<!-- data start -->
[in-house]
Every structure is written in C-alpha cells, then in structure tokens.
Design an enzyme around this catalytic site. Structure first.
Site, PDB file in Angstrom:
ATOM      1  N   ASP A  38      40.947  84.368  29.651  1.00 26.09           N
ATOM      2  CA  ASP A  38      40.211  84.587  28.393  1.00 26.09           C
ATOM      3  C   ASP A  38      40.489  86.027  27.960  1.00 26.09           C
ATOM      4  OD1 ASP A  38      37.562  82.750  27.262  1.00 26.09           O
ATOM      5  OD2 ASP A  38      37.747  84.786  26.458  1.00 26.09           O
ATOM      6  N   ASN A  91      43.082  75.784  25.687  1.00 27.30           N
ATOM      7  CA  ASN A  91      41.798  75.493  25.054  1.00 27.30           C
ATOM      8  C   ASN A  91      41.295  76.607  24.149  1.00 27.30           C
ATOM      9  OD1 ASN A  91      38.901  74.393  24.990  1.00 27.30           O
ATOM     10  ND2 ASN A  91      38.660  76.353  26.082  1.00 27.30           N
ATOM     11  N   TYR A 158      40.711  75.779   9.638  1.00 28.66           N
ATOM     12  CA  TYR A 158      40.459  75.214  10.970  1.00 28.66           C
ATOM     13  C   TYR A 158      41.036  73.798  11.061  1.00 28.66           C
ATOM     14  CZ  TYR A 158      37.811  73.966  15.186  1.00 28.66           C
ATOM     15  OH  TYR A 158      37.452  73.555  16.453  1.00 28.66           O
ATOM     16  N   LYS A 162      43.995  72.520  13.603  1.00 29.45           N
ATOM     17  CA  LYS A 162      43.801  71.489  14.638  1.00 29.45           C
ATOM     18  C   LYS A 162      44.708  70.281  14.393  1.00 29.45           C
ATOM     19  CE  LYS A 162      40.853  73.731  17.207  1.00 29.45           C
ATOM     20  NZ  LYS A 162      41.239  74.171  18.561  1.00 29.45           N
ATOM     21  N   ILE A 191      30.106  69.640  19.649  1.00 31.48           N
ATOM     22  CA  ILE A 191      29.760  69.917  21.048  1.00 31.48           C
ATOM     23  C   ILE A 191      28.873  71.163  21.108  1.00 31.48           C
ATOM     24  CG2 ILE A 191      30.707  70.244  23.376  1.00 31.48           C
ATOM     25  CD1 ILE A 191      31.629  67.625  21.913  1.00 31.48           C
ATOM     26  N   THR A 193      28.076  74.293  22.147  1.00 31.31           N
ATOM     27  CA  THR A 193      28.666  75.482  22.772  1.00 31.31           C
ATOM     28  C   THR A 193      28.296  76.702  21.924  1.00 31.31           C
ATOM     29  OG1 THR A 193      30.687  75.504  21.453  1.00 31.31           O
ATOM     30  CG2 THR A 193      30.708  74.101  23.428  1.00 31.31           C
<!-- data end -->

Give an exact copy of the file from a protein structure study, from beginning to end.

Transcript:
[in-house]
Every structure is written in C-alpha cells, then in structure tokens.
Design an enzyme around this catalytic site. Structure first.
Site, PDB file in Angstrom:
ATOM      1  N   ASP A  38      40.947  84.368  29.651  1.00 26.09           N
ATOM      2  CA  ASP A  38      40.211  84.587  28.393  1.00 26.09           C
ATOM      3  C   ASP A  38      40.489  86.027  27.960  1.00 26.09           C
ATOM      4  OD1 ASP A  38      37.562  82.750  27.262  1.00 26.09           O
ATOM      5  OD2 ASP A  38      37.747  84.786  26.458  1.00 26.09           O
ATOM      6  N   ASN A  91      43.082  75.784  25.687  1.00 27.30           N
ATOM      7  CA  ASN A  91      41.798  75.493  25.054  1.00 27.30           C
ATOM      8  C   ASN A  91      41.295  76.607  24.149  1.00 27.30           C
ATOM      9  OD1 ASN A  91      38.901  74.393  24.990  1.00 27.30           O
ATOM     10  ND2 ASN A  91      38.660  76.353  26.082  1.00 27.30           N
ATOM     11  N   TYR A 158      40.711  75.779   9.638  1.00 28.66           N
ATOM     12  CA  TYR A 158      40.459  75.214  10.970  1.00 28.66           C
ATOM     13  C   TYR A 158      41.036  73.798  11.061  1.00 28.66           C
ATOM     14  CZ  TYR A 158      37.811  73.966  15.186  1.00 28.66           C
ATOM     15  OH  TYR A 158      37.452  73.555  16.453  1.00 28.66           O
ATOM     16  N   LYS A 162      43.995  72.520  13.603  1.00 29.45           N
ATOM     17  CA  LYS A 162      43.801  71.489  14.638  1.00 29.45           C
ATOM     18  C   LYS A 162      44.708  70.281  14.393  1.00 29.45           C
ATOM     19  CE  LYS A 162      40.853  73.731  17.207  1.00 29.45           C
ATOM     20  NZ  LYS A 162      41.239  74.171  18.561  1.00 29.45           N
ATOM     21  N   ILE A 191      30.106  69.640  19.649  1.00 31.48           N
ATOM     22  CA  ILE A 191      29.760  69.917  21.048  1.00 31.48           C
ATOM     23  C   ILE A 191      28.873  71.163  21.108  1.00 31.48           C
ATOM     24  CG2 ILE A 191      30.707  70.244  23.376  1.00 31.48           C
ATOM     25  CD1 ILE A 191      31.629  67.625  21.913  1.00 31.48           C
ATOM     26  N   THR A 193      28.076  74.293  22.147  1.00 31.31           N
ATOM     27  CA  THR A 193      28.666  75.482  22.772  1.00 31.31           C
ATOM     28  C   THR A 193      28.296  76.702  21.924  1.00 31.31           C
ATOM     29  OG1 THR A 193      30.687  75.504  21.453  1.00 31.31           O
ATOM     30  CG2 THR A 193      30.708  74.101  23.428  1.00 31.31           C